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The Enigmatic Mr Deakin by Judith Brett (Text Publishing)
Judith Brett’s masterful portrait of Australia’s second prime minister is a landmark in the writing of Australian political biography and political history. It has been more than 50 years since a historian tackled the biography of the man who was not only a father of Federation but who also established some of the foundations of his country’s political culture. Based on prodigious research, Brett writes with both clarity and discipline about this key architect of the Commonwealth, employing a distinctive voice and never failing to draw out the implications of the past for the present.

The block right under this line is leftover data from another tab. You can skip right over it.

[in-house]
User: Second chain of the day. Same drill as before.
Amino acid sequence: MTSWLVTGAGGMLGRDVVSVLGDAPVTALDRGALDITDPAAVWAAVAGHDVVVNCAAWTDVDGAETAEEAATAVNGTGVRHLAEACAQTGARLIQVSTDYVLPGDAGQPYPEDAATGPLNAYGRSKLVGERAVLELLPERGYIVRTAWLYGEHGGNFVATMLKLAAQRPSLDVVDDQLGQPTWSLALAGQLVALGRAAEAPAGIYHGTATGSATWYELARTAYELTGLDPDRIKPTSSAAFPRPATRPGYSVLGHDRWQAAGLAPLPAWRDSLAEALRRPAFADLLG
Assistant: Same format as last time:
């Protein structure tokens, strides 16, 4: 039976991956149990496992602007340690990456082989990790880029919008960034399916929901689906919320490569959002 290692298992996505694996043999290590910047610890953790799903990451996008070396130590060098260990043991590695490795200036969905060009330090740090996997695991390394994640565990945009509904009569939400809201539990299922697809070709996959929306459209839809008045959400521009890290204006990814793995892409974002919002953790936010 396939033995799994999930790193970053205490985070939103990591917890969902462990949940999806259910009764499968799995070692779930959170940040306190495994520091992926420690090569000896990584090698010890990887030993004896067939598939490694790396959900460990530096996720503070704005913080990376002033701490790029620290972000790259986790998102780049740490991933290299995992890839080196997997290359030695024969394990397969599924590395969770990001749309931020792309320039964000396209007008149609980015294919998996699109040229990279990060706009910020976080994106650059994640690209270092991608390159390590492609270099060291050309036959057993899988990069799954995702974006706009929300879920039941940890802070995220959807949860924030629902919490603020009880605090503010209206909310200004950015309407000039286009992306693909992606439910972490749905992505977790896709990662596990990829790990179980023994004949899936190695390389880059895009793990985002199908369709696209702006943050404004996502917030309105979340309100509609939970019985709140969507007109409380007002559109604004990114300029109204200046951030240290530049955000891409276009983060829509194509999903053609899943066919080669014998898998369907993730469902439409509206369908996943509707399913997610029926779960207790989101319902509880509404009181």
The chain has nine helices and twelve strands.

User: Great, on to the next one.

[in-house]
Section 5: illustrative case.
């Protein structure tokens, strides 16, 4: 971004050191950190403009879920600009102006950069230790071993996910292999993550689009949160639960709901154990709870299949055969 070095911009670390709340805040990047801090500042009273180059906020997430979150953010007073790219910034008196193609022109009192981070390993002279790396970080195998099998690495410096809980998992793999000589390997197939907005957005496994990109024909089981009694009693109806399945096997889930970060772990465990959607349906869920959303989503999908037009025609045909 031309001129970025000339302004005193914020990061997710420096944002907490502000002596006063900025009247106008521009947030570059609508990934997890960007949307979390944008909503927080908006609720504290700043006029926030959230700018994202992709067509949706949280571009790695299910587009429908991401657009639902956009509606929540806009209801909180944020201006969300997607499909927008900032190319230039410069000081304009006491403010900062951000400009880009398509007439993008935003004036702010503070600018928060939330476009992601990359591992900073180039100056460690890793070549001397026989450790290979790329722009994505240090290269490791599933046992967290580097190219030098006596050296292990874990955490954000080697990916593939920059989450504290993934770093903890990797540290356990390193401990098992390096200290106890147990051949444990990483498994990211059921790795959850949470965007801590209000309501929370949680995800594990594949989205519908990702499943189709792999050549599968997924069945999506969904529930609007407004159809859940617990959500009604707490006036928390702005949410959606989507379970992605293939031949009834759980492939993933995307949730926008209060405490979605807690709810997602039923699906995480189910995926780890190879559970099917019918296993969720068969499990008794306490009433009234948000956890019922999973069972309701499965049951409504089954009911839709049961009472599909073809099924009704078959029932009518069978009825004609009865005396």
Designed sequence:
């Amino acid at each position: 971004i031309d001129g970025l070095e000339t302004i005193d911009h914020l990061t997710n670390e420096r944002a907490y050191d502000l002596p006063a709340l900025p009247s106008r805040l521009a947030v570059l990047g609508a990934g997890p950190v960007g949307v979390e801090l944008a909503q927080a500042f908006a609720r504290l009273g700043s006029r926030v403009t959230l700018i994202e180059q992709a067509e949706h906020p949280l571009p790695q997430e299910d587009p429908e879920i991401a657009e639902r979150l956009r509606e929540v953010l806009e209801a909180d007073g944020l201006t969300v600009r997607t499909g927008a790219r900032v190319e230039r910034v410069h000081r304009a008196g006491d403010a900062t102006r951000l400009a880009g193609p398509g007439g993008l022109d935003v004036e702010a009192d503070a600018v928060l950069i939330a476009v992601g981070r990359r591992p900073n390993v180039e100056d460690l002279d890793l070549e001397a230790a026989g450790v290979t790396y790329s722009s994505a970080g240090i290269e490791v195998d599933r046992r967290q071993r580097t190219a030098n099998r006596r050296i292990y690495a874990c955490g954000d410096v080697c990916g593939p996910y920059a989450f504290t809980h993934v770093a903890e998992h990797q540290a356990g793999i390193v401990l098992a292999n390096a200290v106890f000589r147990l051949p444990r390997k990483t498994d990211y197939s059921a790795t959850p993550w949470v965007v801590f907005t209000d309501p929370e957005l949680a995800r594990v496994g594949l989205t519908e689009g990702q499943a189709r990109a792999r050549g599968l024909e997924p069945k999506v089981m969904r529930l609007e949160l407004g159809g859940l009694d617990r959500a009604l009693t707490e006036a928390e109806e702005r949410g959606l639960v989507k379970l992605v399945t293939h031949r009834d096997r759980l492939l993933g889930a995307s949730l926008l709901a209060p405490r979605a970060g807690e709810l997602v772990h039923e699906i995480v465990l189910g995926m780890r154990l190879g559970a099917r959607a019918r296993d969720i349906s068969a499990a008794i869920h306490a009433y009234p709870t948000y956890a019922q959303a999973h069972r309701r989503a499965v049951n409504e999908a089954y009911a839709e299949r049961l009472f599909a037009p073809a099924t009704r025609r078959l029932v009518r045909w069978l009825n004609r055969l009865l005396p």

For the first time, Brett synthesises in a single frame the main threads of Deakin’s public and private life. The result is an intriguing portrait of a figure whose public triumphs often went hand in hand with inner turmoil. Indeed, the book’s success comes largely from Brett’s deft and supple interweaving of political events with Deakin’s private anxieties. While sympathetic to her subject, this work never strays into hagiography. Brett has breathed new life not only into the history of the early Commonwealth but also the atmosphere of turn-of-the-century Melbourne. It is an impressive achievement.